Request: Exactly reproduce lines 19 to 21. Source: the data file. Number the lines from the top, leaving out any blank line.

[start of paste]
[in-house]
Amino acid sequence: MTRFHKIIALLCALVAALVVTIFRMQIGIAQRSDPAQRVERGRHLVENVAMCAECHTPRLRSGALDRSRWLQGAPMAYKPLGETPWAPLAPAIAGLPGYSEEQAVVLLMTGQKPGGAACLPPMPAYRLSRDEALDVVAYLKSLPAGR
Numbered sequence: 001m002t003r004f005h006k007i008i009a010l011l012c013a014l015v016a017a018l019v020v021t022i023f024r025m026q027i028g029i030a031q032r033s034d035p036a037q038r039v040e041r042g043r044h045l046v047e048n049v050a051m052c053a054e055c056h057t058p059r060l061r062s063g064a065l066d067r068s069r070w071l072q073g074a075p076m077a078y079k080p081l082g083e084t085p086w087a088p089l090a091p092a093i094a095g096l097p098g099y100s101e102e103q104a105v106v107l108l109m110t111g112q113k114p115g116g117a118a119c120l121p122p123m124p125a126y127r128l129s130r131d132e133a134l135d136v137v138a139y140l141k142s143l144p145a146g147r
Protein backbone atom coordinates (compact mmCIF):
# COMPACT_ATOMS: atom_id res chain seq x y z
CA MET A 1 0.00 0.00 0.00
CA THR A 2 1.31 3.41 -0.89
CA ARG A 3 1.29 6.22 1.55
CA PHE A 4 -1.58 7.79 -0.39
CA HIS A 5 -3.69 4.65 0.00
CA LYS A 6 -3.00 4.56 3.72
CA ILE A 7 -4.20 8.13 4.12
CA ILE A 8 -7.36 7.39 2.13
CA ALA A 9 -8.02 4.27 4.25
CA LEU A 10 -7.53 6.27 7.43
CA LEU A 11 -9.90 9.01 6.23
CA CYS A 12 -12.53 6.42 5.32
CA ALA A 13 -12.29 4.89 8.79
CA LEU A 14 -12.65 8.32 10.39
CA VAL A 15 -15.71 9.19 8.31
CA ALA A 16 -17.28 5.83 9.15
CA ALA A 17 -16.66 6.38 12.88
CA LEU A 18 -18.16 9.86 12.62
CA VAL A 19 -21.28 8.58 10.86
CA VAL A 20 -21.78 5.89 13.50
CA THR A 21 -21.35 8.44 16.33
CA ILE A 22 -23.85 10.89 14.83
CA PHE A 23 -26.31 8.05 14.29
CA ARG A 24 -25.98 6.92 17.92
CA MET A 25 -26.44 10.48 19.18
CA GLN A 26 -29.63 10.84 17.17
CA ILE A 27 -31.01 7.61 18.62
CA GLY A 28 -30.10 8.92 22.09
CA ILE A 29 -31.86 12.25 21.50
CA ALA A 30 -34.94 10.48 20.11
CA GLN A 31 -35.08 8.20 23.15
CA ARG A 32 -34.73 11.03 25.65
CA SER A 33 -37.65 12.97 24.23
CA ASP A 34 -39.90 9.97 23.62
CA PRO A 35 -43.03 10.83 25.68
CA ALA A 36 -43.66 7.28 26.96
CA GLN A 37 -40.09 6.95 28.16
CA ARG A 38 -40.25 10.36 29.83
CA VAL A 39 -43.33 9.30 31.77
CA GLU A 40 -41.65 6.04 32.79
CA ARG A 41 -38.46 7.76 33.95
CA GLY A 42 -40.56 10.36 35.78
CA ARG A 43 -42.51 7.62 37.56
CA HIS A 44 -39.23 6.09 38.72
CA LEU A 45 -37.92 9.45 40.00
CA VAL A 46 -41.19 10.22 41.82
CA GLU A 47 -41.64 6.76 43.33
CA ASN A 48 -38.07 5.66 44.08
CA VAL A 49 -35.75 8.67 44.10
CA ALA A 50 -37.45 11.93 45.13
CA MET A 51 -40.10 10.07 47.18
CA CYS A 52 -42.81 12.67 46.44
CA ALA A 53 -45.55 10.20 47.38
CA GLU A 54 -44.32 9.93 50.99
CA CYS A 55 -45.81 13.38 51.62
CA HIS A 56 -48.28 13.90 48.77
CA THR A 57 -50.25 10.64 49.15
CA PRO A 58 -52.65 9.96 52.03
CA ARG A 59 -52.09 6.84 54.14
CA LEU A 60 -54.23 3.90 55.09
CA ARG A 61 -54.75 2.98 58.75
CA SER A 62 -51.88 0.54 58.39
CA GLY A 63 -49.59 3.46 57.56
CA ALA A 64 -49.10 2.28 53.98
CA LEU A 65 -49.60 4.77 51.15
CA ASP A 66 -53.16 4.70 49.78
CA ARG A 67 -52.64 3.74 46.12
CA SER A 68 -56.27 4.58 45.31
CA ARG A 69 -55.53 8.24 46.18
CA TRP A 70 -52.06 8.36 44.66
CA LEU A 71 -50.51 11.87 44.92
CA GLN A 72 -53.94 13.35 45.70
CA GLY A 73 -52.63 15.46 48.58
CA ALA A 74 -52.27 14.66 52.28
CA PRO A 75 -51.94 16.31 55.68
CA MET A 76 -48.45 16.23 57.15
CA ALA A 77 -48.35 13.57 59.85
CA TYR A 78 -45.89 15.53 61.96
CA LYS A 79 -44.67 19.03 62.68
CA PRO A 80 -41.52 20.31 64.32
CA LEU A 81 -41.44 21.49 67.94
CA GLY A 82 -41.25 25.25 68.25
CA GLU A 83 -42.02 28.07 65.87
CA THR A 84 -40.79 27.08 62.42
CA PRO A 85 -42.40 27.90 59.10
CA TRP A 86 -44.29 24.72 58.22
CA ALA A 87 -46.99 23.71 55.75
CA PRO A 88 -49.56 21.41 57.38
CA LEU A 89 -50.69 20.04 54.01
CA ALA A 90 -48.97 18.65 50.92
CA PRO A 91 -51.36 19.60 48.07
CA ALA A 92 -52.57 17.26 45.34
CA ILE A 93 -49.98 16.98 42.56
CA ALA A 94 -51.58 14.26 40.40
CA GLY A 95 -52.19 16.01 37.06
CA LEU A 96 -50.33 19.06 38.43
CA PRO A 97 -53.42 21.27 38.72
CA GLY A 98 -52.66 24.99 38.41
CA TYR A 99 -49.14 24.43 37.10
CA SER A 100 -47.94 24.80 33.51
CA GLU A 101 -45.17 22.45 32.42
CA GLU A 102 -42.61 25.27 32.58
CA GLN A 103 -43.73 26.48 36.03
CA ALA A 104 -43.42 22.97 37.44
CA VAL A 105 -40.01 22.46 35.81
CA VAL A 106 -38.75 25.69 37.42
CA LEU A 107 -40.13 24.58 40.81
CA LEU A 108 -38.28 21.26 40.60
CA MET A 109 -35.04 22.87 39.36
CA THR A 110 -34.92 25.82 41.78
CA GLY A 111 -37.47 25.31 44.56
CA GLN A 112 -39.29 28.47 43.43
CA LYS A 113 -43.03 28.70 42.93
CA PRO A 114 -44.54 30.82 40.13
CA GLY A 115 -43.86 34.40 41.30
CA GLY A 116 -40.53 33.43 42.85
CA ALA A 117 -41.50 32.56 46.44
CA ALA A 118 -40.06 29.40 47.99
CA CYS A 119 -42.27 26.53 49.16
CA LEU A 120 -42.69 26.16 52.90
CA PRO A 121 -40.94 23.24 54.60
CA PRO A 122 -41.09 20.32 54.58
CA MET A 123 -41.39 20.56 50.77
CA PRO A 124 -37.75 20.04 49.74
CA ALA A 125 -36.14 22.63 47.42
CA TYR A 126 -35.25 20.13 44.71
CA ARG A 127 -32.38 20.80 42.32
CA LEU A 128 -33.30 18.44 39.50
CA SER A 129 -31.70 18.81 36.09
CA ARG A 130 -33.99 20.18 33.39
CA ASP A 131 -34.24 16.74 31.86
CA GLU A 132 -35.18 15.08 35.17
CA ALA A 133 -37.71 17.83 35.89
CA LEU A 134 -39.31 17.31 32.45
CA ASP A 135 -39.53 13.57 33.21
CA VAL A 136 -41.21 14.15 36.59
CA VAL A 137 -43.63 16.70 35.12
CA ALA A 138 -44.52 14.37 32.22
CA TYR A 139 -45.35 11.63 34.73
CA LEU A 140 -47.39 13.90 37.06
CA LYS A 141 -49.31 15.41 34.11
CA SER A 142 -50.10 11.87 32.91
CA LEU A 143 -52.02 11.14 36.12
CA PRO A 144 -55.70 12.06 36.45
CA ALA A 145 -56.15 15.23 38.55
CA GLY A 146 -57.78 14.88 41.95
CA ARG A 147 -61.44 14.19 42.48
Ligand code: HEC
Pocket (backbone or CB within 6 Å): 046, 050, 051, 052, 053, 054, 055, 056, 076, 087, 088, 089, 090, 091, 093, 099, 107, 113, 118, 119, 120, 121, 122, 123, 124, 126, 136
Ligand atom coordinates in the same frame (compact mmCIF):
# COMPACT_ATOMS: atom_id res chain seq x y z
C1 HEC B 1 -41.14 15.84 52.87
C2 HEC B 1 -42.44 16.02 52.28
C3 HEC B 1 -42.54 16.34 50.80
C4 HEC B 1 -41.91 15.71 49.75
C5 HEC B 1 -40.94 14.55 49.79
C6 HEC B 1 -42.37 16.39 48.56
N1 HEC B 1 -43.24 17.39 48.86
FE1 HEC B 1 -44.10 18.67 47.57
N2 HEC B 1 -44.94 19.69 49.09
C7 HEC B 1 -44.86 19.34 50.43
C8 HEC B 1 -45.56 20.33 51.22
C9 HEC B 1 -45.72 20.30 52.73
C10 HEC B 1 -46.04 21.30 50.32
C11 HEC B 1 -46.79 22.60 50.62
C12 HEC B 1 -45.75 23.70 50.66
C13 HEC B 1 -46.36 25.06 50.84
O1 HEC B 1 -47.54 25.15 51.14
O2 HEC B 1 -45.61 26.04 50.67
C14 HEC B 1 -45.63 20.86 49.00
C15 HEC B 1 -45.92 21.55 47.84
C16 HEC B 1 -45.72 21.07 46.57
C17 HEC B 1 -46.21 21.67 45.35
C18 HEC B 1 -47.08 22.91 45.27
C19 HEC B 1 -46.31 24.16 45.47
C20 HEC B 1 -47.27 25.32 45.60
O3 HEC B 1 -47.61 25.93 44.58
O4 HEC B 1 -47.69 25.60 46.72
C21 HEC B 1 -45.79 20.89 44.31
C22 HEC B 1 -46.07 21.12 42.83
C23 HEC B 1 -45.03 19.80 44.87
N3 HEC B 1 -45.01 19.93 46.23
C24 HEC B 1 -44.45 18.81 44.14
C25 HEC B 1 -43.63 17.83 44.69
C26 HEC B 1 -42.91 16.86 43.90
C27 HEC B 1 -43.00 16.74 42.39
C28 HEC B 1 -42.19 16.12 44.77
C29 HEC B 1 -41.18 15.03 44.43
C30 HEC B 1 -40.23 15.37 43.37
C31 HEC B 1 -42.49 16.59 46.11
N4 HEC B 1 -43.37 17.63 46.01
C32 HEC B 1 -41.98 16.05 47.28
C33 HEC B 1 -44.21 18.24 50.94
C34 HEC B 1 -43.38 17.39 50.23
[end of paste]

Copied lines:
CA LEU A 14 -12.65 8.32 10.39
CA VAL A 15 -15.71 9.19 8.31
CA ALA A 16 -17.28 5.83 9.15